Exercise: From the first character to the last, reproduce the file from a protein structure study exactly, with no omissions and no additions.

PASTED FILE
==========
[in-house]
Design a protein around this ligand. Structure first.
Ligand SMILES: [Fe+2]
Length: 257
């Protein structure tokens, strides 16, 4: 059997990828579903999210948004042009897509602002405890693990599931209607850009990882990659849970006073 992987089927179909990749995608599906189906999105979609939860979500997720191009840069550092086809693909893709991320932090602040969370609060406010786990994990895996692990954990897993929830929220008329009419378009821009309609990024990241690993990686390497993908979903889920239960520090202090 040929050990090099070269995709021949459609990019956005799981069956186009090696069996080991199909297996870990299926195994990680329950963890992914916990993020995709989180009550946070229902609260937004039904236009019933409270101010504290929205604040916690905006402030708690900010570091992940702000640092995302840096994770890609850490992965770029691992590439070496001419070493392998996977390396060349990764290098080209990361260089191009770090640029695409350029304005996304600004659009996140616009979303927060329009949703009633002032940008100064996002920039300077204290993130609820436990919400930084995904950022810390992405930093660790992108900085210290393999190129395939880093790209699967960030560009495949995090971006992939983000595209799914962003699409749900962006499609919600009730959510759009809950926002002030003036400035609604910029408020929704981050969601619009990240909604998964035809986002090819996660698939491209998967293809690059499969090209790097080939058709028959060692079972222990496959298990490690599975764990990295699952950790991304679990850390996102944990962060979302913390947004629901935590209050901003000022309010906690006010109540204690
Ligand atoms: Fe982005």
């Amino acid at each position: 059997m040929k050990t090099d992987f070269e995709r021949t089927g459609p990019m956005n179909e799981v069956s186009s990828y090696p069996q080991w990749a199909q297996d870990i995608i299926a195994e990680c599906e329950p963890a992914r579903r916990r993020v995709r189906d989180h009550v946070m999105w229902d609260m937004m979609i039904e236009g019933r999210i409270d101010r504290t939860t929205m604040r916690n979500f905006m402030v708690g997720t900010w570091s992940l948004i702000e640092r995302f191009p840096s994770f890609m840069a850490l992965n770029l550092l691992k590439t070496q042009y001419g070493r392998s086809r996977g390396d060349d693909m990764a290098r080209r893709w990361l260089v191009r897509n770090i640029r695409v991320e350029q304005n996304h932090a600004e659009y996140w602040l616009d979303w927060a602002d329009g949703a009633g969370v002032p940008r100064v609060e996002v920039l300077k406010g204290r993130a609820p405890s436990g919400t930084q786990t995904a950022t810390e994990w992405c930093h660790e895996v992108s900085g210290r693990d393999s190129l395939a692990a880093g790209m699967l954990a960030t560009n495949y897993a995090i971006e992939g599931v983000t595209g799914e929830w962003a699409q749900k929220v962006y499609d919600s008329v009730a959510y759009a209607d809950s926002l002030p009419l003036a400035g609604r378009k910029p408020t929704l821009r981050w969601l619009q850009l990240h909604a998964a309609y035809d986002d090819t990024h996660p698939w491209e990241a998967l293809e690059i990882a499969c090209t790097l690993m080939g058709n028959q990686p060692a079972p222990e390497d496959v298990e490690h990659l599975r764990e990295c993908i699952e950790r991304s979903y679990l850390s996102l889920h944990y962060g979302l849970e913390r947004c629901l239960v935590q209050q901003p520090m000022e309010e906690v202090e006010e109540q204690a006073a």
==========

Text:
[in-house]
Design a protein around this ligand. Structure first.
Ligand SMILES: [Fe+2]
Length: 257
């Protein structure tokens, strides 16, 4: 059997990828579903999210948004042009897509602002405890693990599931209607850009990882990659849970006073 992987089927179909990749995608599906189906999105979609939860979500997720191009840069550092086809693909893709991320932090602040969370609060406010786990994990895996692990954990897993929830929220008329009419378009821009309609990024990241690993990686390497993908979903889920239960520090202090 040929050990090099070269995709021949459609990019956005799981069956186009090696069996080991199909297996870990299926195994990680329950963890992914916990993020995709989180009550946070229902609260937004039904236009019933409270101010504290929205604040916690905006402030708690900010570091992940702000640092995302840096994770890609850490992965770029691992590439070496001419070493392998996977390396060349990764290098080209990361260089191009770090640029695409350029304005996304600004659009996140616009979303927060329009949703009633002032940008100064996002920039300077204290993130609820436990919400930084995904950022810390992405930093660790992108900085210290393999190129395939880093790209699967960030560009495949995090971006992939983000595209799914962003699409749900962006499609919600009730959510759009809950926002002030003036400035609604910029408020929704981050969601619009990240909604998964035809986002090819996660698939491209998967293809690059499969090209790097080939058709028959060692079972222990496959298990490690599975764990990295699952950790991304679990850390996102944990962060979302913390947004629901935590209050901003000022309010906690006010109540204690
Ligand atoms: Fe982005």
């Amino acid at each position: 059997m040929k050990t090099d992987f070269e995709r021949t089927g459609p990019m956005n179909e799981v069956s186009s990828y090696p069996q080991w990749a199909q297996d870990i995608i299926a195994e990680c599906e329950p963890a992914r579903r916990r993020v995709r189906d989180h009550v946070m999105w229902d609260m937004m979609i039904e236009g019933r999210i409270d101010r504290t939860t929205m604040r916690n979500f905006m402030v708690g997720t900010w570091s992940l948004i702000e640092r995302f191009p840096s994770f890609m840069a850490l992965n770029l550092l691992k590439t070496q042009y001419g070493r392998s086809r996977g390396d060349d693909m990764a290098r080209r893709w990361l260089v191009r897509n770090i640029r695409v991320e350029q304005n996304h932090a600004e659009y996140w602040l616009d979303w927060a602002d329009g949703a009633g969370v002032p940008r100064v609060e996002v920039l300077k406010g204290r993130a609820p405890s436990g919400t930084q786990t995904a950022t810390e994990w992405c930093h660790e895996v992108s900085g210290r693990d393999s190129l395939a692990a880093g790209m699967l954990a960030t560009n495949y897993a995090i971006e992939g599931v983000t595209g799914e929830w962003a699409q749900k929220v962006y499609d919600s008329v009730a959510y759009a209607d809950s926002l002030p009419l003036a400035g609604r378009k910029p408020t929704l821009r981050w969601l619009q850009l990240h909604a998964a309609y035809d986002d090819t990024h996660p698939w491209e990241a998967l293809e690059i990882a499969c090209t790097l690993m080939g058709n028959q990686p060692a079972p222990e390497d496959v298990e490690h990659l599975r764990e990295c993908i699952e950790r991304s979903y679990l850390s996102l889920h944990y962060g979302l849970e913390r947004c629901l239960v935590q209050q901003p520090m000022e309010e906690v202090e006010e109540q204690a006073a």